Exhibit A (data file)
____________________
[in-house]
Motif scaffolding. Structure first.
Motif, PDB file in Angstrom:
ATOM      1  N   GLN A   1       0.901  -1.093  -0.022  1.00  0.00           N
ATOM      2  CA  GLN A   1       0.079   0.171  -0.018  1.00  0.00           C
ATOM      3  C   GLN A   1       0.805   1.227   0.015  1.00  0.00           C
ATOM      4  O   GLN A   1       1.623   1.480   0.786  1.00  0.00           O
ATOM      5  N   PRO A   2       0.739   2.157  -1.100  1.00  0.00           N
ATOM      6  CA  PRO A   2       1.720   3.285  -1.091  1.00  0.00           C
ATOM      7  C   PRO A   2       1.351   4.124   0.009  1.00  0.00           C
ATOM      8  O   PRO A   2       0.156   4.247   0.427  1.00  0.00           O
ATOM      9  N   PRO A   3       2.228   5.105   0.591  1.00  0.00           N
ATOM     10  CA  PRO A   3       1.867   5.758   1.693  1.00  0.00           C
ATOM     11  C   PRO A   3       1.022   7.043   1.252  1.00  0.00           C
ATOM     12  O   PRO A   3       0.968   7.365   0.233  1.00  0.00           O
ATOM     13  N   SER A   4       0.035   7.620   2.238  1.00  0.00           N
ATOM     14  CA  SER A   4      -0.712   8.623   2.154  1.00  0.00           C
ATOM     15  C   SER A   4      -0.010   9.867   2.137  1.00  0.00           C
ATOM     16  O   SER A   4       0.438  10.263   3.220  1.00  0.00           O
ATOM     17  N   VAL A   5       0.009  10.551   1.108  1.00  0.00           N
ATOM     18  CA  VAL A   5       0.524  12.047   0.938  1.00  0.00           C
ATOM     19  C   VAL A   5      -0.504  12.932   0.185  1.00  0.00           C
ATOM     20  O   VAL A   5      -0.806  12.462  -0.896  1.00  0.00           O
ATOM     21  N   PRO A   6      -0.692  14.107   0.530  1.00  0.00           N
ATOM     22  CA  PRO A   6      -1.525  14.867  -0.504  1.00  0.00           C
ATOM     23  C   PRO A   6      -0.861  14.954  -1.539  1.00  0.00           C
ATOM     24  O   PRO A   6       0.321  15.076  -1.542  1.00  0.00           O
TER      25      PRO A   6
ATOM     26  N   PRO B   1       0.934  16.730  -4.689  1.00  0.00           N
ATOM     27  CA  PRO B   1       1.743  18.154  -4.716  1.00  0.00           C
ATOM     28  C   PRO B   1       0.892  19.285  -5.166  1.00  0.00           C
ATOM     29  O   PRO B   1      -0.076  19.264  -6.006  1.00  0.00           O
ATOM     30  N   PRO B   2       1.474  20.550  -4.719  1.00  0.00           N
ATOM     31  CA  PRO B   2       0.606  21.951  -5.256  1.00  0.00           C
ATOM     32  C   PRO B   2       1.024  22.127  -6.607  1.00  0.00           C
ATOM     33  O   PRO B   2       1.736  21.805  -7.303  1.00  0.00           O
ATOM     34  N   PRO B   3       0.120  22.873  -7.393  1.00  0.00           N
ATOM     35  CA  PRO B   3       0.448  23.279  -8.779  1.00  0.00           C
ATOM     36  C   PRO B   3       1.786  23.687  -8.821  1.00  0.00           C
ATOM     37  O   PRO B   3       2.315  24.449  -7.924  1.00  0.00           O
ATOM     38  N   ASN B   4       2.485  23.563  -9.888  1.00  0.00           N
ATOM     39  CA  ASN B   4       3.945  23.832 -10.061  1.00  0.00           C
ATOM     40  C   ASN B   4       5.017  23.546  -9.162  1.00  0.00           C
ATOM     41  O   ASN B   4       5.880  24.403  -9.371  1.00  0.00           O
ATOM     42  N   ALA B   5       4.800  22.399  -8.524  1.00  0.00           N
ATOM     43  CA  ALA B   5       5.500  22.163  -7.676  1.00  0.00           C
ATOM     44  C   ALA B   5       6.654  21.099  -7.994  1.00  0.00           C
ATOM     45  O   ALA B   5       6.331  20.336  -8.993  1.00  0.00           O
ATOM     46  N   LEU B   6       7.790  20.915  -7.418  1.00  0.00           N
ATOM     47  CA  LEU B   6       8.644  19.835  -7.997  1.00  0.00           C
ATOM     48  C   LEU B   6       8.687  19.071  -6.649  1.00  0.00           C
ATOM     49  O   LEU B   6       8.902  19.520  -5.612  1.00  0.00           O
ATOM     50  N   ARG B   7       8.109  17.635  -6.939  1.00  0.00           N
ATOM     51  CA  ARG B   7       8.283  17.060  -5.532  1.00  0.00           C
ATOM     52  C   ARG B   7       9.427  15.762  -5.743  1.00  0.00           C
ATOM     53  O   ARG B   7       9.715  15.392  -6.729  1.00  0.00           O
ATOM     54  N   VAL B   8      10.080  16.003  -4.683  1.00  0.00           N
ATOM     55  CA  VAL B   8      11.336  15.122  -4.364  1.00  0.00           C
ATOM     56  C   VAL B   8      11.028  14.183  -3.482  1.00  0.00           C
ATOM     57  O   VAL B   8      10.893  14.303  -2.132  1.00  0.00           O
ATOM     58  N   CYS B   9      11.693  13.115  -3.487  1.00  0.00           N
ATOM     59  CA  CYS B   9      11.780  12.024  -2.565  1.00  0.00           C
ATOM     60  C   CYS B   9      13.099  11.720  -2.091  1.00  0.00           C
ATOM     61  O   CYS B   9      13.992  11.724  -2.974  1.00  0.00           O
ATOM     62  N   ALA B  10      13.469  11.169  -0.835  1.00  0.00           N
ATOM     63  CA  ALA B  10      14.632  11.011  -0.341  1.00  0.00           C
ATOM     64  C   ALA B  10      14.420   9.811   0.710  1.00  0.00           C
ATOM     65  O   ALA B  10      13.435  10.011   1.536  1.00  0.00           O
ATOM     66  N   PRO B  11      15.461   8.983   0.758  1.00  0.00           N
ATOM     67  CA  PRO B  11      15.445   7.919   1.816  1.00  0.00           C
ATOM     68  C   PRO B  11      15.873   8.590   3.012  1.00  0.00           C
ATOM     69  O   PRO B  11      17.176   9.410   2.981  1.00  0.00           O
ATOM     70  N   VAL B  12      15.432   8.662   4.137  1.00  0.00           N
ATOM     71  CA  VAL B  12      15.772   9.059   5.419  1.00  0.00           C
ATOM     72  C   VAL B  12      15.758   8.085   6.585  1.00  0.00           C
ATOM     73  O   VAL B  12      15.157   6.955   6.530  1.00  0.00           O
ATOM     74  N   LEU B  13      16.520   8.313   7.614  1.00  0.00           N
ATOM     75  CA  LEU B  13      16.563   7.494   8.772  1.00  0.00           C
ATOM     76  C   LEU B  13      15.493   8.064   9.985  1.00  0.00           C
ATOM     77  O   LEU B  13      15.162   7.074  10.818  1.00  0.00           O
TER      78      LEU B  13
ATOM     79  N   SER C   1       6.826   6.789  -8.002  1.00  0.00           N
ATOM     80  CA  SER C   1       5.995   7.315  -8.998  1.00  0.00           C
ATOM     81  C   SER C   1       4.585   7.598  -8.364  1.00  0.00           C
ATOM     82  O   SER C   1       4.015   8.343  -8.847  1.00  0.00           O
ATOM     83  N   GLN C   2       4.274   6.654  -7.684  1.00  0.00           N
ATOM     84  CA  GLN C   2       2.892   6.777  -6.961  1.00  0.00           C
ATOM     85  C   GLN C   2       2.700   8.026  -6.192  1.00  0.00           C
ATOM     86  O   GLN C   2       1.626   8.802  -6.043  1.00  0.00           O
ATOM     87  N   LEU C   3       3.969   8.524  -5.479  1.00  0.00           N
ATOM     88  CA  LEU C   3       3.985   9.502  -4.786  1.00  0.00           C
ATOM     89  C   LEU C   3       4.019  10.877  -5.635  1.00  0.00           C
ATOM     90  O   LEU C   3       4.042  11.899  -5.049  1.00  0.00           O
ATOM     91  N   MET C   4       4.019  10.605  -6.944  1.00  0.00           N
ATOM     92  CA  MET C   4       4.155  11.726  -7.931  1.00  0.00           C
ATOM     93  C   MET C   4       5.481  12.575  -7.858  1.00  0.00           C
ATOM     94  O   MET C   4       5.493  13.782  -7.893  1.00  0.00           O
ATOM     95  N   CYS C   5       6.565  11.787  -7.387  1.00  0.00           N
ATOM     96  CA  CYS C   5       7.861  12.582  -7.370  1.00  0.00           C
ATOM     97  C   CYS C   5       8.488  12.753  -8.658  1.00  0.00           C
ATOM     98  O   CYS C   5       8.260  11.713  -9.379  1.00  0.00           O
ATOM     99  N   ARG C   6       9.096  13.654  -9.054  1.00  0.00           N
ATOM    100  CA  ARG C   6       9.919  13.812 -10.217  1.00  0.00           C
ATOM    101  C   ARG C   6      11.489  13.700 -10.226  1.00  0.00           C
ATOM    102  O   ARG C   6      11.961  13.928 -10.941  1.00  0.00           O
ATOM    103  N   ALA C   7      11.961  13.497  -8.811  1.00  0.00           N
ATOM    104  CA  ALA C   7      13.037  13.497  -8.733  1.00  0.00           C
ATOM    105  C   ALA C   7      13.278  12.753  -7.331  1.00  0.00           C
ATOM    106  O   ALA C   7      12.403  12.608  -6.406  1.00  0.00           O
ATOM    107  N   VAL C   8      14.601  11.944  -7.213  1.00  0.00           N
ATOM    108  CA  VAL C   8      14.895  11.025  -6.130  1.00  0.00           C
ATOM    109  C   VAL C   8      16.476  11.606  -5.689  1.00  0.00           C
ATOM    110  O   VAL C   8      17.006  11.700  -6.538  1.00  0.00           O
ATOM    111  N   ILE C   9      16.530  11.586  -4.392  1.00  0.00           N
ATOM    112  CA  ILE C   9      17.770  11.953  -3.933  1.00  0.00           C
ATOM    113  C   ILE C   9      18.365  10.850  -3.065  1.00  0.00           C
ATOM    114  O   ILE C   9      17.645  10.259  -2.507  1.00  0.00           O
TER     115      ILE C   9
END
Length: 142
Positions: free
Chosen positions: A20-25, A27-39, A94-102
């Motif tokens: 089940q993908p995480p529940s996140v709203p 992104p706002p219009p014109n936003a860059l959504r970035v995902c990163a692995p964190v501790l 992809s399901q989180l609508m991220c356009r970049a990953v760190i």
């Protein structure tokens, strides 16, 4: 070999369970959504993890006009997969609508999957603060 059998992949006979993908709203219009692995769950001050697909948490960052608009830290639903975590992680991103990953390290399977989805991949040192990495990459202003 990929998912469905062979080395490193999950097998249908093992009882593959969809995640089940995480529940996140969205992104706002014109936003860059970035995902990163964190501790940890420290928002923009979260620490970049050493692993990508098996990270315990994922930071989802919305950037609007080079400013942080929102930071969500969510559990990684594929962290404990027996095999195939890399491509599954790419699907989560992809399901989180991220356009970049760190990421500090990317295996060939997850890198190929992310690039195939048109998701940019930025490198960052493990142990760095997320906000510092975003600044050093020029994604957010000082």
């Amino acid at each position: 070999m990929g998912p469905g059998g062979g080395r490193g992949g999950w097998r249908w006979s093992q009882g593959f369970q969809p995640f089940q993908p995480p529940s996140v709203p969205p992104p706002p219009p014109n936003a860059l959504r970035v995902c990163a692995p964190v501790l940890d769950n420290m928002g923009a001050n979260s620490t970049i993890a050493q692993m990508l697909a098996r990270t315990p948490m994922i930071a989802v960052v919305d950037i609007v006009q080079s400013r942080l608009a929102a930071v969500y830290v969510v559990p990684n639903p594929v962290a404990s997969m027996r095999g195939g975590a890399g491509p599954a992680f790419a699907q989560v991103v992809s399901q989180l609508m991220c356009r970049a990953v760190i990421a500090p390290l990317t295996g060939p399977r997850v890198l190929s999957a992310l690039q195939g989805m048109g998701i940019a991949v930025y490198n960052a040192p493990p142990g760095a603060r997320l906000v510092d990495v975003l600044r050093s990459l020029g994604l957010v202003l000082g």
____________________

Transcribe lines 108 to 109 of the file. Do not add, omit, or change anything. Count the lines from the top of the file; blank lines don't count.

ATOM    105  C   ALA C   7      13.278  12.753  -7.331  1.00  0.00           C
ATOM    106  O   ALA C   7      12.403  12.608  -6.406  1.00  0.00           O